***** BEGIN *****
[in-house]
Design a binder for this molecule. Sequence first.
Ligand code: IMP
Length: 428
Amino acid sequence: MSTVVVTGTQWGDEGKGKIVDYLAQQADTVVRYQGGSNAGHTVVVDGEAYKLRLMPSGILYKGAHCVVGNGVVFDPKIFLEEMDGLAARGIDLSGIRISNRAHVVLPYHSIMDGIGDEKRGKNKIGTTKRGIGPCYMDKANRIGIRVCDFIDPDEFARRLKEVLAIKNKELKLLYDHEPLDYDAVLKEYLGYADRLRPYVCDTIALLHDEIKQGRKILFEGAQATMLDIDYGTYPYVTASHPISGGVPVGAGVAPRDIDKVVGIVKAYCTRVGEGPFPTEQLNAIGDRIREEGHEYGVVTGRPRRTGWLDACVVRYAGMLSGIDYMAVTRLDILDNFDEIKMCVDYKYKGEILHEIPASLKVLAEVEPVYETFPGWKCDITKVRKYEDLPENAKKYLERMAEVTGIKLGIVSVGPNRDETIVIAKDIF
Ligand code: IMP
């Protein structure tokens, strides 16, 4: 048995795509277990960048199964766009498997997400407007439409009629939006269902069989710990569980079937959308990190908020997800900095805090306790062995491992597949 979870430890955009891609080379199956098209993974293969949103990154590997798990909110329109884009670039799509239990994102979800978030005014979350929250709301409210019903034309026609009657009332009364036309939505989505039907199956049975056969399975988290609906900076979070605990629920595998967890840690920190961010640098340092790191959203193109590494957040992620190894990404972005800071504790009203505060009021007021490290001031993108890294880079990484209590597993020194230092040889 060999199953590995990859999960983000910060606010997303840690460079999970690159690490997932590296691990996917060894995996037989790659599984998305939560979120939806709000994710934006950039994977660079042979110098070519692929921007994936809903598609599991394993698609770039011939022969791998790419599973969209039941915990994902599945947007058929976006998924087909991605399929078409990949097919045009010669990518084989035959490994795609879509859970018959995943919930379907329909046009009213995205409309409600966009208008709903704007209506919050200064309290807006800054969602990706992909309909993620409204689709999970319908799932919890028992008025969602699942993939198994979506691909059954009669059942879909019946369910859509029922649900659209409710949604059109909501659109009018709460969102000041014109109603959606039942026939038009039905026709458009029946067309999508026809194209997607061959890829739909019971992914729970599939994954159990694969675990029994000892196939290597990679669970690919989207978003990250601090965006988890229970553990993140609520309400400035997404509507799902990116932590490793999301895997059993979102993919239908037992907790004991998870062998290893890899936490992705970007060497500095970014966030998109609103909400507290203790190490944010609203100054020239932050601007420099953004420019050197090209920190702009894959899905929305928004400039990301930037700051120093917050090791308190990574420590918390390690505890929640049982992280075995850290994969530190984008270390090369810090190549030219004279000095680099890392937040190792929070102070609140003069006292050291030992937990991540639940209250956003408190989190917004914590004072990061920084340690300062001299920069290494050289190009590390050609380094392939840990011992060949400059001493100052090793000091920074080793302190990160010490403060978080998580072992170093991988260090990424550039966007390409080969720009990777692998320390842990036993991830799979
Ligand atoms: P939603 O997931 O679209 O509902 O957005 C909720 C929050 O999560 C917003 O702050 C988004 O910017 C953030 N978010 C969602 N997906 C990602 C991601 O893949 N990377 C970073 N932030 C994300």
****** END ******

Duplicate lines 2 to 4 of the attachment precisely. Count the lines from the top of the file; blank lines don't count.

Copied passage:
Design a binder for this molecule. Sequence first.
Ligand code: IMP
Length: 428